Pride and Prejudice fails to match any of the intensities conjured from reading the novel. Any moments of nostalgia are stripped and what remains is a static romance with an impressive set design.


Regents Park’s Pride and Prejudice reinvents itself with a second national tour since the production’s inception in 2003. In Woking’s Ambassador Theatre, the Bennett family are back on stage and with a swiftly paced 160-minute performance.

Sadly, the production fails to match any of the intensities conjured from reading the novel. Any moments of nostalgia are stripped and what remains is a static romance with an impressive set design.

Mr Darcy, the renowned image of masculinity, is portrayed by Benjamin Dilloway. Upon his arrival his frown imitates those (many) who have been previous Darcys, and any positive attributes end there. Whether seething, ashamed, or in love, despite fitting into the patriarchal idea of broad shoulders and height, there are no feelings of adoration.

Tafline Steen’s understudy, Jessica D’arcy, despite being thrown into this situation last minute, put in a decent effort to master the part. Being Elizabeth Bennett comes with many expectations. D’arcy delivers crucial moments with smugness and pride, yet similarly to Dilloway, there are no intense moments to stir the audience.

The ensemble cast , however, drive the play to its end.

Matthew Kelly’s Mr Bennett, and in particular Felicity Montagu as the overbearing mother, use their parenthood status to demonstrate the struggle of dealing with five single daughters; to such extent, one wishes not to procreate oneself. The chemistry between them is somewhat exhilarating, yet upon explaining why he married the socially debauched Mrs Bennett, an insight into Mr Bennett’s passion is apparent.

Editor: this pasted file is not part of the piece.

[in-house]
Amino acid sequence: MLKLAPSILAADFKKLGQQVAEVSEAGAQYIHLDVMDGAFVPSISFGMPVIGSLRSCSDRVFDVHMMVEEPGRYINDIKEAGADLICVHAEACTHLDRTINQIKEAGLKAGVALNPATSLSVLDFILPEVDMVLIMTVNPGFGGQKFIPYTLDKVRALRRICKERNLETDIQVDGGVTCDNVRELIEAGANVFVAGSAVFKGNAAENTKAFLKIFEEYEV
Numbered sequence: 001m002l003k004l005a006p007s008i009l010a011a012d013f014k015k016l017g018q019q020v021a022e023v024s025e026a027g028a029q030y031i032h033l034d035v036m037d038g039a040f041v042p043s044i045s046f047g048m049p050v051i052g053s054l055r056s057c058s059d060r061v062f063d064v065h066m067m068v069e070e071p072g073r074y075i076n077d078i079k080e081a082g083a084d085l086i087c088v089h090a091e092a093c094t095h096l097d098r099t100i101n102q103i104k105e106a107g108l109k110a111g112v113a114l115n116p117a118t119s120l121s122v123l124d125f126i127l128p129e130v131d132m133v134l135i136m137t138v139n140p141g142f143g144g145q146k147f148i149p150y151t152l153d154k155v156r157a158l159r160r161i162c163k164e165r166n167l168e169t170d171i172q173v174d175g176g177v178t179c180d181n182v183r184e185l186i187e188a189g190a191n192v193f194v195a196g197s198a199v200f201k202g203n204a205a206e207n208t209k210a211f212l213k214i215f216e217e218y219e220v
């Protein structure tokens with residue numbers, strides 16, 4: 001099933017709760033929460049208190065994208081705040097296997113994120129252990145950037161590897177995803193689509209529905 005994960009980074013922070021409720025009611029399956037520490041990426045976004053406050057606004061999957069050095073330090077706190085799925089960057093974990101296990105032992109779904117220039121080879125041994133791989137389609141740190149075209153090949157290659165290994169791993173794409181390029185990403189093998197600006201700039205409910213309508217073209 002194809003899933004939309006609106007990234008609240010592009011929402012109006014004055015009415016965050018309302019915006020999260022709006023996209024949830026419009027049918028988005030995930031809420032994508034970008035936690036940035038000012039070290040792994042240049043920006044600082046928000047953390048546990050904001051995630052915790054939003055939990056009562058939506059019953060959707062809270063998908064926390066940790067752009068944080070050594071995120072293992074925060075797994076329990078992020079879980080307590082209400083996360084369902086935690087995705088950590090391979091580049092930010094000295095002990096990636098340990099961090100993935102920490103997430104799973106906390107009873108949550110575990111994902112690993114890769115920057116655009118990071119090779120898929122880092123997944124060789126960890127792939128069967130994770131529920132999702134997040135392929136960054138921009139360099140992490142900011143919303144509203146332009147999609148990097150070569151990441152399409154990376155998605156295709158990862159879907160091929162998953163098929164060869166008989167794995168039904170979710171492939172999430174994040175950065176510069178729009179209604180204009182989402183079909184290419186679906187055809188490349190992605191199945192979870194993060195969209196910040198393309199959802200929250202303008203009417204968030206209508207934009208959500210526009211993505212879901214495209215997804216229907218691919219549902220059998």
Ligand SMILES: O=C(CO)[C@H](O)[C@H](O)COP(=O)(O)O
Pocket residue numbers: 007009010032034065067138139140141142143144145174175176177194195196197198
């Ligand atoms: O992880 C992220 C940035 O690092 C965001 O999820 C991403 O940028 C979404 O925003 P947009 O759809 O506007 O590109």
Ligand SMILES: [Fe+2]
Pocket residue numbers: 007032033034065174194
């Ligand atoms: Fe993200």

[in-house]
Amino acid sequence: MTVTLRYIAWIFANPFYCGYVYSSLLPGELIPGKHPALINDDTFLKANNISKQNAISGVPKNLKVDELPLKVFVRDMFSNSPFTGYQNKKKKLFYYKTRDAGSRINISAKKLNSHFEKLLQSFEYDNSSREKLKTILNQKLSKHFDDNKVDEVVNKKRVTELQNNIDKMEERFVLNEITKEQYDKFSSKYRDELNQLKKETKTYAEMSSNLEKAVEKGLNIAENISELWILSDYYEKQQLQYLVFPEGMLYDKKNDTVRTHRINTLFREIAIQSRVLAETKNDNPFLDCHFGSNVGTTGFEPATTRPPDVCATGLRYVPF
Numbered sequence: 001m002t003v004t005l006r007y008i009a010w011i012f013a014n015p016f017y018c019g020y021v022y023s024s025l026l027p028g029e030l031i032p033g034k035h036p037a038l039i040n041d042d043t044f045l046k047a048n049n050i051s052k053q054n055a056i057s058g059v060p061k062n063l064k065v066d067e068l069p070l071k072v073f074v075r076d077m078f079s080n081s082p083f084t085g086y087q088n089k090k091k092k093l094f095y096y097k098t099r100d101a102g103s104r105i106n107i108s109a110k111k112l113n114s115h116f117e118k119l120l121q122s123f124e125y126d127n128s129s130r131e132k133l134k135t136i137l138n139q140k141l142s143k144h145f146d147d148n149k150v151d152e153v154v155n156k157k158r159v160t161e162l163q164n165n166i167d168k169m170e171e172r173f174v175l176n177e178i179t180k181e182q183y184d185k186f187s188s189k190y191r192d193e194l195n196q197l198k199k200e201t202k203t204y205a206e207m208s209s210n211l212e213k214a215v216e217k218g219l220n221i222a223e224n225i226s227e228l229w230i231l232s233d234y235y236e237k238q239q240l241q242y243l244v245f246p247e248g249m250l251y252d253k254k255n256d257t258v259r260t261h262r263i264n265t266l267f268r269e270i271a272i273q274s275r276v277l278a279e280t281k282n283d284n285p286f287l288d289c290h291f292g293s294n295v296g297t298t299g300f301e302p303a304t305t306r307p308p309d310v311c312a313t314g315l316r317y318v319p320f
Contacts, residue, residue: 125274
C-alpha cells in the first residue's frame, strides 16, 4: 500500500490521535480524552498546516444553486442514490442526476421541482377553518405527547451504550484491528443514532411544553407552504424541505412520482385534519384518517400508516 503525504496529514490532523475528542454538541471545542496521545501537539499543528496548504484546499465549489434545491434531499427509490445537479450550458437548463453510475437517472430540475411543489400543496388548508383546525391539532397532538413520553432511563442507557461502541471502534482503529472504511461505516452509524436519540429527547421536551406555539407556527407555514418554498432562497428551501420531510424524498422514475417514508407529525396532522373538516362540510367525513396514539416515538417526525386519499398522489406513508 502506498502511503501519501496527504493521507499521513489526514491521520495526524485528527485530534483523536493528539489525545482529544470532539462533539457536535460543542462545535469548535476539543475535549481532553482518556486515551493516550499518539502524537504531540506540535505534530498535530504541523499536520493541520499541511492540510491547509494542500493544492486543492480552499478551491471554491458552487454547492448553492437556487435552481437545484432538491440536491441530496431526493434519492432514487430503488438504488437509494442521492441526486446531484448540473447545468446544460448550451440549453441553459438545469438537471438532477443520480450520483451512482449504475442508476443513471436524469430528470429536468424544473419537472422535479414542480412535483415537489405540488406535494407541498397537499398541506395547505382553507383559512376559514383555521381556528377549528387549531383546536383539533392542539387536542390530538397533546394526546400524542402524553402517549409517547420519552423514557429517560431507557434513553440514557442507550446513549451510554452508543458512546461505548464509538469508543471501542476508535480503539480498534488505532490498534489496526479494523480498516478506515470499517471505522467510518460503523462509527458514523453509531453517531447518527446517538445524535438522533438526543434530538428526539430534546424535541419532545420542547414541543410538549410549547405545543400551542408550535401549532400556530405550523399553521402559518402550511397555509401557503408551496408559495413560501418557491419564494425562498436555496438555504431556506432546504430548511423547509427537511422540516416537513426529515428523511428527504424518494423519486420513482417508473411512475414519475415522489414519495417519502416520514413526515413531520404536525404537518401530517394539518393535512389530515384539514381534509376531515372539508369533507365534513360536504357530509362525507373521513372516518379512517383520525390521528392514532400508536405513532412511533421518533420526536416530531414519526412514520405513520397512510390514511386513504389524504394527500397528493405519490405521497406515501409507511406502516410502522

PrejudiceMontagu is the force behind this production. Right to the end, the burden of five daughters accentuates and adds to her woes. What would any mother do in this situation?

The sisters all portray innocence and some their maturity, their individual personas, are apparent yet the sibling rivalry which is expected is missing. Lydia’s outlandish behaviour, that would shake 18th century readers to smithereens, fails to take this period drama to another level.

Upon the arrival of Wickham, a protagonist is immediately sensed. The moment he grabs Elizabeth’s attention, his forthcoming plotting becomes apparent. Daniel Abbot outshines his peers in this production.

PrejudiceThe set design, Max Jones’s creation, is impressive. Similar to Bristol Old Vic’s Jane Eyre, it minimises all extravagance by using a basic structure. In this instance, the rotation of an iron like manor combined with a digital screen to transform each scene from place to place. It provides the play with an air of grandeur that fits with the themes of Pride and Prejudice.

Sian Williams utilises her expertise in movement with her ballroom direction, an effective replication of period drama which her direction accentuates. At the final moment of Darcy winning the love of Elizabeth, the final disappointment comes – being deprived of the moment of watching two people come together. This may have something to do with the lack of composition.

Lillian Henley’s score around the ballroom moments heightens the dance scenes, yet there is no build up to the moments before the first kiss; instead, with a backdrop of silence, they proceed to their happiness.

Deborah Bruce’s direction keeps the momentum flowing with quick snappy scenes. It is a play that will entertain some people in awe of period romances.

Overall the disengagement may have something to do being staged in a large space. It lacks the extra something needed to anger, entertain, and sadden, amongst many other emotions, created in intimate venues.